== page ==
Pat Narduzzi challenges Pitt players to step up against Penn State |

Pat Narduzzi challenges Pitt players to step up against Penn State

Jerry DiPaola
Pittsburgh running back Vincent Davis (22) tries to get away from Ohio defensive lineman Austin Conrad (47) during the second half of an NCAA college football game, Saturday, Sept. 7, 2019, in Pittsburgh. Pittsburgh won 20-10. (AP Photo/Keith Srakocic)

Pat Narduzzi appeared to be in a good mood Thursday afternoon, less than 48 hours before Pitt kicks off against Penn State on Saturday at Beaver Stadium.

An interesting look for the Pitt coach, considering Penn State might be the toughest opponent on his schedule this season.

“I’m kind of excited,” he said. “We’ve had three really, really good days (of practice), probably the three best days we had this year so far. That shows you the kids are growing up a little bit.”

Narduzzi is eager to see how his players handle a large burden of responsibility while playing in front of 110,000.

Everyone has a tough job — from quarterback Kenny Pickett to punter/holder Kirk Christodoulou. But five players of interest are freshman running back Vincent Davis, tight ends Will Gragg and Nakia Griffin-Stewart and linebackers Elias Reynolds and Chase Pine (depending on who gets the most snaps in the middle).

In the space of only a few months, Davis has earned the trust of Narduzzi and running backs coach Andre Powell, two men who aren’t easily swayed by mere talent. Even if Davis has a bunch of it.

“You’re going to start to see the two Davis guys go first (in the running back rotation),” Narduzzi said of Vincent and A.J., a junior. “But we’re going to find out who’s making plays.

“If (Todd) Sibley comes in and starts to run it like crazy, we’ll go with him. V’Lique (Carter)? Who knows? We’re going to play the hot hand. Sometimes, one guy has his mind a little bit cleaner than the other guy.”

Vincent Davis didn’t play against Virginia in an important conference game until the final two meaningless snaps. But he gained 50 yards on 12 carries a week later in a nonconference game against Ohio.

How will he react in a packed stadium? Will Narduzzi and Powell trust him as a pass blocker?

“There’s pressure every game. I don’t worry about Vince,” Narduzzi said. “He’s made plays in games. Once the first play is over with, it’s just like playing anywhere else.”

Meanwhile, if Pickett has time to consider options, the tight ends could become important components. So far, Gragg and Griffin-Stewart have totaled 10 receptions, which is the precise number gathered by three tight ends through 14 games last season.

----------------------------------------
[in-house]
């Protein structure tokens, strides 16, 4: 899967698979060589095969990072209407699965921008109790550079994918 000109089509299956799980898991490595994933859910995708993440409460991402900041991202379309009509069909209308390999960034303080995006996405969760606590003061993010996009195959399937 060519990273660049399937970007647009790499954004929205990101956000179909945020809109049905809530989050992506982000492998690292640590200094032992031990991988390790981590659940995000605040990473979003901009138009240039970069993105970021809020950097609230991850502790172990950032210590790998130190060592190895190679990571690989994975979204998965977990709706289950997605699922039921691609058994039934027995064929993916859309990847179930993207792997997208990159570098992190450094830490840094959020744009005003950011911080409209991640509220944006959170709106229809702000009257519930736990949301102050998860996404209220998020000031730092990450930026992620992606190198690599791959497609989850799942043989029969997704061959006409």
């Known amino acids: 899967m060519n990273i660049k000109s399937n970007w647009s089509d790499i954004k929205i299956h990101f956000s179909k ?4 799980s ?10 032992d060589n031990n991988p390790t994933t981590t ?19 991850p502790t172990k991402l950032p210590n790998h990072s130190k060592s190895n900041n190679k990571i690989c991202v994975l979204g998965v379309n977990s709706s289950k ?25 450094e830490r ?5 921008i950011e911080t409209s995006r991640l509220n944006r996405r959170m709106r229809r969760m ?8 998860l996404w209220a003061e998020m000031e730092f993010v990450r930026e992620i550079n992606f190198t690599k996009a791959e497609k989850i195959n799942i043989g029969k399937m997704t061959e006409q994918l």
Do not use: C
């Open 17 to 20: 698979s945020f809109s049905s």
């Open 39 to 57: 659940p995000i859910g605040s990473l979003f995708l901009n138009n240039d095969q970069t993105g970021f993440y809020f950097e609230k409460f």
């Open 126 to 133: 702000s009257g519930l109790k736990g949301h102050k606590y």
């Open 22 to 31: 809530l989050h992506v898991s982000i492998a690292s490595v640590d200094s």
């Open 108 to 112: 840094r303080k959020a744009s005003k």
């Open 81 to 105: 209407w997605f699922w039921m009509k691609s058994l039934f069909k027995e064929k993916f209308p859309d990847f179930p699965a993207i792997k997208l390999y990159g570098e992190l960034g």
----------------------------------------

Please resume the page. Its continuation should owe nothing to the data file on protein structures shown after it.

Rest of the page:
Yet, Narduzzi isn’t easily satisfied.

“You caught the ball. You fell down,” he said. “How about people bouncing off a tight end? That’s what it’s supposed to be when you watch those great tight ends. So, if you want to be a great one, you have to make something happen with your feet. All of a sudden, they start to get some YAC (yards after catch).

“It starts with (offensive coordinator Mark) Whipple. But when your opportunities come up, you have to make plays. They dropped a couple, but they made catches last week. That was a nice surprise.”

Later in his chat with reporters, Narduzzi seemed to enjoy keeping the identity of his starting middle linebacker a secret: Reynolds or Pine. Reynolds started the opener, but Pine got the call last week. Both played extensively against Ohio.

“They (Penn State coaches) don’t know, and you don’t know,” Narduzzi said, laughing.

He said Pine, who also is a backup at money (outside) linebacker, graded out well in the Ohio game, with one disclaimer.

“Wish it was better,” the coach said. “He was OK. If he’s going to start Saturday, you have to play better. (We) challenged him.”

Pine used to be the backup at outside linebacker, but Kylan Johnson is playing so well Pine can move to the middle.

“We’re trying to get our three best backers on the field,” Narduzzi said.

While Narduzzi is challenging his players to step up against Penn State, the Nittany Lions have some players who might be on the spot, too.

Running back Ricky Slade is replacing Saquon Barkley and Miles Sanders, former Penn State backs who were first- and second-round NFL Draft choices.

Meanwhile, quarterback Sean Clifford has stepped into the role of Trace McSorley in victories against Pitt the past two seasons.

“The Slade kid is a good football player,” Narduzzi said. “We’ll find out how he plays in a big game just like we’ll find out how Vince (Davis) plays.

“Same thing with Sean Clifford. We’ll find out.”

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Jerry DiPaola is a Tribune-Review staff writer. You can contact Jerry by email at [email protected] or via Twitter .

Categories: Sports | Pitt
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